L'Ombre de l'Olivier

The Shadow of the Olive Tree

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29 July 2008 Blog Home : July 2008 : Permalink

Global Warming - Built on Sand?

When it comes to global warming I've always been fairly skeptical of the claims made by the econuts believing that they were guilty of "Suggestio Falsi" and "Suppressio Veri" and over the last year or two my skepticism has increased by leaps and bounds. There are a few reasons for this, but they all boil down to concerns about the underlying data, concerns about the processing of that data and concerns about the religious fervor of many of the more vocal proponents. Below I'm going to list problems I see in all phases of the climate debate starting with the raw data and ending with the proposed solutions.

We'll start with the data. As noted particularly by Anthony Watts at his Surface Stations site and his "How Not To Measure" series, it is clear that a lot of the raw data is, to put it kindly, less accurate than it might be. Indeed some people end up using data from stations that don't exist any more by deriving the data from those of surrounding stations. This may or may not be valid from a scientific point of view but it does quite a bit of damage to the statistical analysis because the assumption that the data from different stations is independent is no longer valid. All these examples are in the USA and lest this look like a bitch about US data gathering I think it is worth noting the Urumqi glacier and various discussions of stations in Peru.

This leads us to problem two. The munging required to strip out noise and errors from the raw data is a process that seems to me to be based on some highly questionable assumptions. One sub-problem (noted in the Peru link above) is that the computer program(s) make some odd assumptions about whether a station is rural or urban and their detection of station moves and changes also seems to be a little iffy. There are other related issues such as the way that loss of a couple of days in a month will result in the entire month's worth of data being thrown out and replaced with an average derived from adjacent stations and so on. In the paleoclimate field the data adjustments are even more dodgy and, despite the fact that a lot of work has been done to get the analyses right, many of the premises behind the conversion of (say) tree-ring data to annual temperature look to be seriously flawed. And then there is the dangerous (mis)use of statistics and statistical techniques that led to the infamous "Hockey Stick".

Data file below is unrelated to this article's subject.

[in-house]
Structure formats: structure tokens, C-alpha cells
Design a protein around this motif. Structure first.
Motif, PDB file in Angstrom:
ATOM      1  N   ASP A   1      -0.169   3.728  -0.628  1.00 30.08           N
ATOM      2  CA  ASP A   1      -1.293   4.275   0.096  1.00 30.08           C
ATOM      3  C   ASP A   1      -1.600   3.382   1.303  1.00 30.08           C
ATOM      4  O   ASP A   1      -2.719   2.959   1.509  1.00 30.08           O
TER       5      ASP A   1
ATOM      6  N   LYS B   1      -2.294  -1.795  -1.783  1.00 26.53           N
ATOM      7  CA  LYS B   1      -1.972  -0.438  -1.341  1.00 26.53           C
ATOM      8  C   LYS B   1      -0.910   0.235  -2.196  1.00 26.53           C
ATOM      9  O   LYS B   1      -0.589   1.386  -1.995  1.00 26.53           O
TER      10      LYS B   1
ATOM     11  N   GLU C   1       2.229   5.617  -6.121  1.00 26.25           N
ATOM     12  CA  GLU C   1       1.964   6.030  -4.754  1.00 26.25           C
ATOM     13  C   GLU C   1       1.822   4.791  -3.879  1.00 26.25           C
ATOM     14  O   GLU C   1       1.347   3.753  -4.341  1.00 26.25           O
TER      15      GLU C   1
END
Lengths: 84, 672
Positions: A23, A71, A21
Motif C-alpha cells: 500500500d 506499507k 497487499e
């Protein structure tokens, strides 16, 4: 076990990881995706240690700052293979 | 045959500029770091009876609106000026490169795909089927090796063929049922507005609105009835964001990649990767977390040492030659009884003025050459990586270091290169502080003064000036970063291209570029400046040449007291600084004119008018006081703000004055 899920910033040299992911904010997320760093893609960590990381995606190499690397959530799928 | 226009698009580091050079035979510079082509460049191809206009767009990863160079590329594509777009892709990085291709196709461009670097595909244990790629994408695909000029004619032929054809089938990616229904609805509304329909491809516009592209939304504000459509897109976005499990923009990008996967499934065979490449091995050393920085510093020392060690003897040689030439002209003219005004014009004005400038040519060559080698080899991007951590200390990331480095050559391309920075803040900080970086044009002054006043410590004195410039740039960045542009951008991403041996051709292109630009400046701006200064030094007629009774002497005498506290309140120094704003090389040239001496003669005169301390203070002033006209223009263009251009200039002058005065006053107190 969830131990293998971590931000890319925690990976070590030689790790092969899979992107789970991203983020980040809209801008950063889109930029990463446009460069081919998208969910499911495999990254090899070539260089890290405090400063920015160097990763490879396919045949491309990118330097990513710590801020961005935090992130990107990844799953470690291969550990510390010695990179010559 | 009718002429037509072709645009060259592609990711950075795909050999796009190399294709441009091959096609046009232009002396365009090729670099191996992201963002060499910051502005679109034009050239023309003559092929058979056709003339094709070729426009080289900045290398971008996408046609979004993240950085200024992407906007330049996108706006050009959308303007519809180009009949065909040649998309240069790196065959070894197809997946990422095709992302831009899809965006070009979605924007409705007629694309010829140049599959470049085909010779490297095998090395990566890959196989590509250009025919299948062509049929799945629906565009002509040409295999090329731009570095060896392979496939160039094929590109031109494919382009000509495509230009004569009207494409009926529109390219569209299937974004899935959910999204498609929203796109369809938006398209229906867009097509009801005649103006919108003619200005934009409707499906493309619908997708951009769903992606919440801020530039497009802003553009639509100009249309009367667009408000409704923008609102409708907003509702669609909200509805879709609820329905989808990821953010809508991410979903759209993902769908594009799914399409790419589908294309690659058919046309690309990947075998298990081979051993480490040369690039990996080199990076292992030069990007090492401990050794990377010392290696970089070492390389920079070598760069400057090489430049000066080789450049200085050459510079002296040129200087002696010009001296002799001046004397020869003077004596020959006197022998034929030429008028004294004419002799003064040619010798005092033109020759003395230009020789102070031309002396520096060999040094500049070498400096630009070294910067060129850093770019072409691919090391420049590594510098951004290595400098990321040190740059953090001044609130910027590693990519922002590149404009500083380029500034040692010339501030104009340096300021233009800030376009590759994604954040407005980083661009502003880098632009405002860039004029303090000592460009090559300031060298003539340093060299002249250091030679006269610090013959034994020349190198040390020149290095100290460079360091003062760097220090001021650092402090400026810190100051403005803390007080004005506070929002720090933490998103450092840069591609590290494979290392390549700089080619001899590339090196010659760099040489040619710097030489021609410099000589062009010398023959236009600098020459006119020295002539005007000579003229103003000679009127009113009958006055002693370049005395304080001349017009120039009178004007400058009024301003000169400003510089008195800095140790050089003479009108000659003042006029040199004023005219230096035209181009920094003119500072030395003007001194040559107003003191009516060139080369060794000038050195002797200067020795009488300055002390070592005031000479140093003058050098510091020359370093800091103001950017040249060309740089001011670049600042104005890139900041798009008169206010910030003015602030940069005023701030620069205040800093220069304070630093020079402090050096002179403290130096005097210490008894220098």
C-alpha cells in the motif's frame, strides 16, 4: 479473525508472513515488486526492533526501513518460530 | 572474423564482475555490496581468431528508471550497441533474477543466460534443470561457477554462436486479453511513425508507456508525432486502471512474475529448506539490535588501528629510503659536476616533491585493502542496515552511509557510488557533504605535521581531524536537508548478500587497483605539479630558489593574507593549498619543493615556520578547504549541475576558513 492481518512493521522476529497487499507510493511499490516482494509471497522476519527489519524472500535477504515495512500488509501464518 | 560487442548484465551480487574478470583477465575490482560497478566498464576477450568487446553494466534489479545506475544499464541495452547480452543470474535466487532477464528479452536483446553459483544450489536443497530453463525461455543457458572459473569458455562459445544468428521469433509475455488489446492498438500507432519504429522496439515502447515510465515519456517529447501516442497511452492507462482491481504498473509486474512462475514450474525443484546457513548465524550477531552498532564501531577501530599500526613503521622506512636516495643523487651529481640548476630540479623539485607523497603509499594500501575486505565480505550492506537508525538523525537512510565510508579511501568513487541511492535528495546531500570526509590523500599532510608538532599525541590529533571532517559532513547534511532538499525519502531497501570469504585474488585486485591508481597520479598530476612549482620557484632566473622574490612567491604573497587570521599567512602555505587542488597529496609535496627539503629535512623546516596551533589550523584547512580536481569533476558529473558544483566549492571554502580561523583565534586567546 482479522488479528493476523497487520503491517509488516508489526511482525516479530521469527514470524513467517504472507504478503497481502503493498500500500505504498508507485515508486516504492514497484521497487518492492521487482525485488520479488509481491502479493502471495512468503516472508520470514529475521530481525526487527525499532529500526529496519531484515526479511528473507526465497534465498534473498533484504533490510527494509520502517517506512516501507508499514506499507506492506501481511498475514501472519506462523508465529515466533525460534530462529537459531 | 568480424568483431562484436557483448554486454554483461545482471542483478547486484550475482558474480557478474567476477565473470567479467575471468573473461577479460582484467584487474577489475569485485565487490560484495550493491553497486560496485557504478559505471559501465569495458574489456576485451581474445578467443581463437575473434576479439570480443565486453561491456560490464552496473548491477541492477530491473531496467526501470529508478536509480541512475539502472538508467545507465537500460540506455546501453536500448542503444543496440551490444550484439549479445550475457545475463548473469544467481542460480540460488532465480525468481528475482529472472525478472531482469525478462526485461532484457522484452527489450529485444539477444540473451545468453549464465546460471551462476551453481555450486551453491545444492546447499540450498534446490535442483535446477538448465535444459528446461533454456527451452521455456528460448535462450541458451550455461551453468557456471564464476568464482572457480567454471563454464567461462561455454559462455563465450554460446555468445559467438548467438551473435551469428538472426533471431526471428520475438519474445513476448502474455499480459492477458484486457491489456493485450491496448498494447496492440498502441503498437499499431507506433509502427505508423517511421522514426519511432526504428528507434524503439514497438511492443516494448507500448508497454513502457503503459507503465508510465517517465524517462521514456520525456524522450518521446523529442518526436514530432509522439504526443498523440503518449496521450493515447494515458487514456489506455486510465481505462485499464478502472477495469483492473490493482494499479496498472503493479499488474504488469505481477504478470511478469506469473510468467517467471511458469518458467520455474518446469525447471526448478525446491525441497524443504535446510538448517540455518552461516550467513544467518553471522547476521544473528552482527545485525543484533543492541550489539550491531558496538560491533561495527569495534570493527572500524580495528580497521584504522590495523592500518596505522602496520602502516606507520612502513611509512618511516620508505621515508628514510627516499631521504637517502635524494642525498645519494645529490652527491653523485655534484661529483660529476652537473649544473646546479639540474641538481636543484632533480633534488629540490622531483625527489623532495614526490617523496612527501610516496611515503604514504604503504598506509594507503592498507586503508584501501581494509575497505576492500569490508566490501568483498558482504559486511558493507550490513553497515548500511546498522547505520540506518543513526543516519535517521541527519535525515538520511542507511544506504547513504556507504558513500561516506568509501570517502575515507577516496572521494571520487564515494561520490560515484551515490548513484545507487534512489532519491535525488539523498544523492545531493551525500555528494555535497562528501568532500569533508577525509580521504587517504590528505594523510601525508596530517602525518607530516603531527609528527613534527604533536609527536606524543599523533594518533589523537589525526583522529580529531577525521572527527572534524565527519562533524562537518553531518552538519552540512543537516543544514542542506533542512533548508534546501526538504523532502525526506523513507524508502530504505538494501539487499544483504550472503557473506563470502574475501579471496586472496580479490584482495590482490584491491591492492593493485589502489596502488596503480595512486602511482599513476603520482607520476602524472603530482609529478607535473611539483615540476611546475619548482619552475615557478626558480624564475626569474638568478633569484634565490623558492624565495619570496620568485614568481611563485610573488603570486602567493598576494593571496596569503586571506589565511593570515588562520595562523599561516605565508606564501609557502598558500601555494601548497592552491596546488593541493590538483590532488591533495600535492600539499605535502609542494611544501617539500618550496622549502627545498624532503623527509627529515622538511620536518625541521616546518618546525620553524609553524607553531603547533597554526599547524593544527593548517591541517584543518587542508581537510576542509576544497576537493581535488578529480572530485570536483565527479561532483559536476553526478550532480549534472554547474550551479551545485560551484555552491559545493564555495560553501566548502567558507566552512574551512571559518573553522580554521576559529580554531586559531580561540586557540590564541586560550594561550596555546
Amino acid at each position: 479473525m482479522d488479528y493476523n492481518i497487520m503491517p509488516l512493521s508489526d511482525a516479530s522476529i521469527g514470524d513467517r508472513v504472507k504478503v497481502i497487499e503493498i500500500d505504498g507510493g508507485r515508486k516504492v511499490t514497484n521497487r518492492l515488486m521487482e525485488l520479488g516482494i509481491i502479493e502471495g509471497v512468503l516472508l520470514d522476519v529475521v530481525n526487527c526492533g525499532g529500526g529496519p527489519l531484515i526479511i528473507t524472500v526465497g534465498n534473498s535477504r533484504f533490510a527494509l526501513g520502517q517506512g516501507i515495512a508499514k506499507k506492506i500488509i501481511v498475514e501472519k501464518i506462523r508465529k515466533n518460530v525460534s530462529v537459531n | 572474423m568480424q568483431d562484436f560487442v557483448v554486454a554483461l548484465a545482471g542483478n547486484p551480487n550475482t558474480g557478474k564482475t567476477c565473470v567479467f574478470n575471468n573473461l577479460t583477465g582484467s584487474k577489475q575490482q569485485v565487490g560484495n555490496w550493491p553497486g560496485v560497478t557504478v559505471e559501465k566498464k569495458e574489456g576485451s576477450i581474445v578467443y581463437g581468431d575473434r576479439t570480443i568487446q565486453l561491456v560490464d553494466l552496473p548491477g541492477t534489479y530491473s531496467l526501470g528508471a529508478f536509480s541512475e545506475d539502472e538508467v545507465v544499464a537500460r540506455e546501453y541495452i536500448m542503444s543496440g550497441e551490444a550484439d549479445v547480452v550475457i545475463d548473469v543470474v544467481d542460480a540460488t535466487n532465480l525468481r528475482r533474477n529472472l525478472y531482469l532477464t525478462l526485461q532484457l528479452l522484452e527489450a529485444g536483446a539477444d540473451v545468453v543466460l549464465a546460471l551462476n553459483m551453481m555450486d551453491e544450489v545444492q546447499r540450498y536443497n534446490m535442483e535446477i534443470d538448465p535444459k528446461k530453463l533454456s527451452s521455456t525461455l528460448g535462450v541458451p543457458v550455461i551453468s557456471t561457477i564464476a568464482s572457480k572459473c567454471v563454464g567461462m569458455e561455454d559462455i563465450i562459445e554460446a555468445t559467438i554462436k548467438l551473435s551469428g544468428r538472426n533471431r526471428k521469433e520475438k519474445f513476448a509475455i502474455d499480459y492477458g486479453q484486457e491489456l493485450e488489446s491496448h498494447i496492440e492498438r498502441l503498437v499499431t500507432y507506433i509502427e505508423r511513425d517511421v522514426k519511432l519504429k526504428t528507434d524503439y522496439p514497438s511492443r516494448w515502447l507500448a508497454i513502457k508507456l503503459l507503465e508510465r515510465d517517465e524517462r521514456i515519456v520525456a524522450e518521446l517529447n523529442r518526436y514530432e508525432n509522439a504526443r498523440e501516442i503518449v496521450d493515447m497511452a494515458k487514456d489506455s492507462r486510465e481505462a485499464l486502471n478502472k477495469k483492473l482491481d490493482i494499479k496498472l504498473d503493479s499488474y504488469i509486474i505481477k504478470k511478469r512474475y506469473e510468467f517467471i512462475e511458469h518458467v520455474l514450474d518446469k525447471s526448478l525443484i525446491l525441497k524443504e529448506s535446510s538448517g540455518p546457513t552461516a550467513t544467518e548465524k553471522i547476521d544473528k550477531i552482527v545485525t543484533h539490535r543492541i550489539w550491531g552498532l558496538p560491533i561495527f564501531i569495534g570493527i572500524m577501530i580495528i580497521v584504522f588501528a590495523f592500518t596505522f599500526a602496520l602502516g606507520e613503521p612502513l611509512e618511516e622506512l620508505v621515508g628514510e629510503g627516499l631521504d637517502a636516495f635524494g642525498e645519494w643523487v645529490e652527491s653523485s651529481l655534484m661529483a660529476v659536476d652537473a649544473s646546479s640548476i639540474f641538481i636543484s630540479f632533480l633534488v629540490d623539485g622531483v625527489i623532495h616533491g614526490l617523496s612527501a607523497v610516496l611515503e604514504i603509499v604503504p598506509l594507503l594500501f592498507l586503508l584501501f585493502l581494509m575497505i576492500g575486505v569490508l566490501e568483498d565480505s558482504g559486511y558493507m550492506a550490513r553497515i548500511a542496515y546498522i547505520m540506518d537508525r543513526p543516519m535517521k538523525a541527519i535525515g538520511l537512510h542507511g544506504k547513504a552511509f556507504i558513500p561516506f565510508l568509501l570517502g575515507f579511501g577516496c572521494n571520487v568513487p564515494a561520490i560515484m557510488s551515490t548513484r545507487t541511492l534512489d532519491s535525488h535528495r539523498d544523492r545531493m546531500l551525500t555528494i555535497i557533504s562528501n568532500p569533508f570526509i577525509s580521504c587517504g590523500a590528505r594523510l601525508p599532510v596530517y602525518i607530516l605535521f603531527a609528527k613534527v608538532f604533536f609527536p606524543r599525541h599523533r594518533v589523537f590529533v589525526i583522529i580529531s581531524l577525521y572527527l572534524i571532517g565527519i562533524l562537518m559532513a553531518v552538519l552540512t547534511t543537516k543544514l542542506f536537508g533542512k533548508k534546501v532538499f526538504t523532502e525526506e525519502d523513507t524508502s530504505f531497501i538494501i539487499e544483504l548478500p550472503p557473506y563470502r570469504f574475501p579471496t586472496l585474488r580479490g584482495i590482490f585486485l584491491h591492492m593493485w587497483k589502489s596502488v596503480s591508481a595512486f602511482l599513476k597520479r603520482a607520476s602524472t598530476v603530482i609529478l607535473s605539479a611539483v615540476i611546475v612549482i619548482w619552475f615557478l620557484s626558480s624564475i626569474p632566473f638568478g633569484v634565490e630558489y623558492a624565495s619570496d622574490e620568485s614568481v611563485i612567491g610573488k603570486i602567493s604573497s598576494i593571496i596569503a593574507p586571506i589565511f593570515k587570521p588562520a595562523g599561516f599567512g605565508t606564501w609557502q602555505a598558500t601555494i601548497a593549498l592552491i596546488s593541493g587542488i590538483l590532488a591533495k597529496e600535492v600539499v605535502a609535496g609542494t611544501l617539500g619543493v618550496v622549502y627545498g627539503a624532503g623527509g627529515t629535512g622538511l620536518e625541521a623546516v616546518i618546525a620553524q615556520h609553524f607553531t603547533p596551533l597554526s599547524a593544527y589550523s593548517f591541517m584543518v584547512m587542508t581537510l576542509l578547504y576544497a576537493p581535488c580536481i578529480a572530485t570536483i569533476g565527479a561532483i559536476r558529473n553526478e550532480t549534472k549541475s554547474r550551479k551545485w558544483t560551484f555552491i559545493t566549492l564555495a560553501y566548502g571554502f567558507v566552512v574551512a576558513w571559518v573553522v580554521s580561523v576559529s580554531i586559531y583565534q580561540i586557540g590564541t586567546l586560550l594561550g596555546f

Perhaps because of the fact that the data is iffy and the calculations complex we run into problem three which is the surprising secrecy that surrounds all sorts of climate research. The fact that Steve McIntyre and others are facing such a run around when they try to rerun the calculations of GISS et al automatically raises a big red flag in my mind. The point here is that the same people who seem to claim that releasing their data, source-code etc. would raise intellectual property issues are the ones who are getting on TV and telling us all that unless we repent we're all going to die. A number of people have noted that this resembles how conmen pushing stock scams operate. I agree but I also note some consistency issues. If we're all going to die then that is surely more important than whether someone's IP is infringed upon. Would it not be more important to get more researchers to analyse the data and figure out if we have 5 years to act or 15 or whether we're all doomed anyway (and if so what we can do to best mitigate our doom). The Climate Skeptic calls this "post-modernist" science and, like me, he clearly doesn't think much of it.